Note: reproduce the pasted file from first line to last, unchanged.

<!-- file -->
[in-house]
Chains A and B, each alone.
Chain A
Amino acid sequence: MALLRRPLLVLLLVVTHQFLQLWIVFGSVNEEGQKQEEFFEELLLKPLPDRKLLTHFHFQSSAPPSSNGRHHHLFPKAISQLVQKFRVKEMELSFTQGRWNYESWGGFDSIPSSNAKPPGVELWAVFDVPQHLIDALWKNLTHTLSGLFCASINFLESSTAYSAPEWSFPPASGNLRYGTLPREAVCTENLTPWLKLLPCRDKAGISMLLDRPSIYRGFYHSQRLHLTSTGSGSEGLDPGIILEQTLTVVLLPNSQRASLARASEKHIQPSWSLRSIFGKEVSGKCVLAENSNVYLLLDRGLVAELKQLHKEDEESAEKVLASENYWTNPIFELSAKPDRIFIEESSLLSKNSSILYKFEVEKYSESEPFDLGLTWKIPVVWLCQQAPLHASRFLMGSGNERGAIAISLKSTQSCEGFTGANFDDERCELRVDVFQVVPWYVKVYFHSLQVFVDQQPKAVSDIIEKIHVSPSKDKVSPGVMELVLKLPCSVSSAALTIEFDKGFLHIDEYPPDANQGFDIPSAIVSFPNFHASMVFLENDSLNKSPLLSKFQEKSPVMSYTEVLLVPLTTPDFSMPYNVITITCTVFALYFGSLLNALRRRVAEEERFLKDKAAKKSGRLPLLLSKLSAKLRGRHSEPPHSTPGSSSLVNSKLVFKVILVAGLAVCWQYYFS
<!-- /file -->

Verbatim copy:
[in-house]
Chains A and B, each alone.
Chain A
Amino acid sequence: MALLRRPLLVLLLVVTHQFLQLWIVFGSVNEEGQKQEEFFEELLLKPLPDRKLLTHFHFQSSAPPSSNGRHHHLFPKAISQLVQKFRVKEMELSFTQGRWNYESWGGFDSIPSSNAKPPGVELWAVFDVPQHLIDALWKNLTHTLSGLFCASINFLESSTAYSAPEWSFPPASGNLRYGTLPREAVCTENLTPWLKLLPCRDKAGISMLLDRPSIYRGFYHSQRLHLTSTGSGSEGLDPGIILEQTLTVVLLPNSQRASLARASEKHIQPSWSLRSIFGKEVSGKCVLAENSNVYLLLDRGLVAELKQLHKEDEESAEKVLASENYWTNPIFELSAKPDRIFIEESSLLSKNSSILYKFEVEKYSESEPFDLGLTWKIPVVWLCQQAPLHASRFLMGSGNERGAIAISLKSTQSCEGFTGANFDDERCELRVDVFQVVPWYVKVYFHSLQVFVDQQPKAVSDIIEKIHVSPSKDKVSPGVMELVLKLPCSVSSAALTIEFDKGFLHIDEYPPDANQGFDIPSAIVSFPNFHASMVFLENDSLNKSPLLSKFQEKSPVMSYTEVLLVPLTTPDFSMPYNVITITCTVFALYFGSLLNALRRRVAEEERFLKDKAAKKSGRLPLLLSKLSAKLRGRHSEPPHSTPGSSSLVNSKLVFKVILVAGLAVCWQYYFS